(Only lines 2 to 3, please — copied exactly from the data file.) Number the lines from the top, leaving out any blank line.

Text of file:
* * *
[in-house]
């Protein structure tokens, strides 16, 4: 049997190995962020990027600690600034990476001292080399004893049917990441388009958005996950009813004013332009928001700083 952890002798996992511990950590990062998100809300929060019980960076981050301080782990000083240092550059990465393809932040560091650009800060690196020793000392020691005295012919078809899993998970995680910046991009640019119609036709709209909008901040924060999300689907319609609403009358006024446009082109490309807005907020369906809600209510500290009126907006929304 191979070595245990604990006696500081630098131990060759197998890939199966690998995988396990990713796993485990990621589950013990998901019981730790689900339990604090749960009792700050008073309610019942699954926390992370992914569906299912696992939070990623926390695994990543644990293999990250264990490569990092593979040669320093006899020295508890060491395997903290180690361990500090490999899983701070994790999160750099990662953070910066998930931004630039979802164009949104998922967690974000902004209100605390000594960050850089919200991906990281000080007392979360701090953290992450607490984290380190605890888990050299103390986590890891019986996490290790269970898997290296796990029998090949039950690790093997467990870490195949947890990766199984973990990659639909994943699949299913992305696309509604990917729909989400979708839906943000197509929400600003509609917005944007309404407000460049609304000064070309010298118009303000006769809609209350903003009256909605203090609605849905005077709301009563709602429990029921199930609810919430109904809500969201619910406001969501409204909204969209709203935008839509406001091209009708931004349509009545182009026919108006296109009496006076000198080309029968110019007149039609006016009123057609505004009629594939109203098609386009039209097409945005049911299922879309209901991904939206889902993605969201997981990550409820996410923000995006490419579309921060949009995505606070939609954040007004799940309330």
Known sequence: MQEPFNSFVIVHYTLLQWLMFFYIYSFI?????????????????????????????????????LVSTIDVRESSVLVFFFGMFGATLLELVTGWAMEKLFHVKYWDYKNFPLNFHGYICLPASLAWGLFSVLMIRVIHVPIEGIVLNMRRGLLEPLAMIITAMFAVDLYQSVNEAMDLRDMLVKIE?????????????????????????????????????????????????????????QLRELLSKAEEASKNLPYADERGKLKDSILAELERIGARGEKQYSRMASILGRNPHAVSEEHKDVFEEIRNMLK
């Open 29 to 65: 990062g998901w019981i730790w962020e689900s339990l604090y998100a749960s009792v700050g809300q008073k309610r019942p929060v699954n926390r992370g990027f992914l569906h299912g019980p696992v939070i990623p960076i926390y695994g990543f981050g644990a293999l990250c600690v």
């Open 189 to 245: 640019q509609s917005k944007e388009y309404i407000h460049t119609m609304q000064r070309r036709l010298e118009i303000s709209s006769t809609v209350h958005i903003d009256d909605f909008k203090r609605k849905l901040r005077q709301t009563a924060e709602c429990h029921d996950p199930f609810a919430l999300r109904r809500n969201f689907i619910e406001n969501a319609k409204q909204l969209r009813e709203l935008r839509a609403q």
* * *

């Protein structure tokens, strides 16, 4: 049997190995962020990027600690600034990476001292080399004893049917990441388009958005996950009813004013332009928001700083 952890002798996992511990950590990062998100809300929060019980960076981050301080782990000083240092550059990465393809932040560091650009800060690196020793000392020691005295012919078809899993998970995680910046991009640019119609036709709209909008901040924060999300689907319609609403009358006024446009082109490309807005907020369906809600209510500290009126907006929304 191979070595245990604990006696500081630098131990060759197998890939199966690998995988396990990713796993485990990621589950013990998901019981730790689900339990604090749960009792700050008073309610019942699954926390992370992914569906299912696992939070990623926390695994990543644990293999990250264990490569990092593979040669320093006899020295508890060491395997903290180690361990500090490999899983701070994790999160750099990662953070910066998930931004630039979802164009949104998922967690974000902004209100605390000594960050850089919200991906990281000080007392979360701090953290992450607490984290380190605890888990050299103390986590890891019986996490290790269970898997290296796990029998090949039950690790093997467990870490195949947890990766199984973990990659639909994943699949299913992305696309509604990917729909989400979708839906943000197509929400600003509609917005944007309404407000460049609304000064070309010298118009303000006769809609209350903003009256909605203090609605849905005077709301009563709602429990029921199930609810919430109904809500969201619910406001969501409204909204969209709203935008839509406001091209009708931004349509009545182009026919108006296109009496006076000198080309029968110019007149039609006016009123057609505004009629594939109203098609386009039209097409945005049911299922879309209901991904939206889902993605969201997981990550409820996410923000995006490419579309921060949009995505606070939609954040007004799940309330």
Known sequence: MQEPFNSFVIVHYTLLQWLMFFYIYSFI?????????????????????????????????????LVSTIDVRESSVLVFFFGMFGATLLELVTGWAMEKLFHVKYWDYKNFPLNFHGYICLPASLAWGLFSVLMIRVIHVPIEGIVLNMRRGLLEPLAMIITAMFAVDLYQSVNEAMDLRDMLVKIE?????????????????????????????????????????????????????????QLRELLSKAEEASKNLPYADERGKLKDSILAELERIGARGEKQYSRMASILGRNPHAVSEEHKDVFEEIRNMLK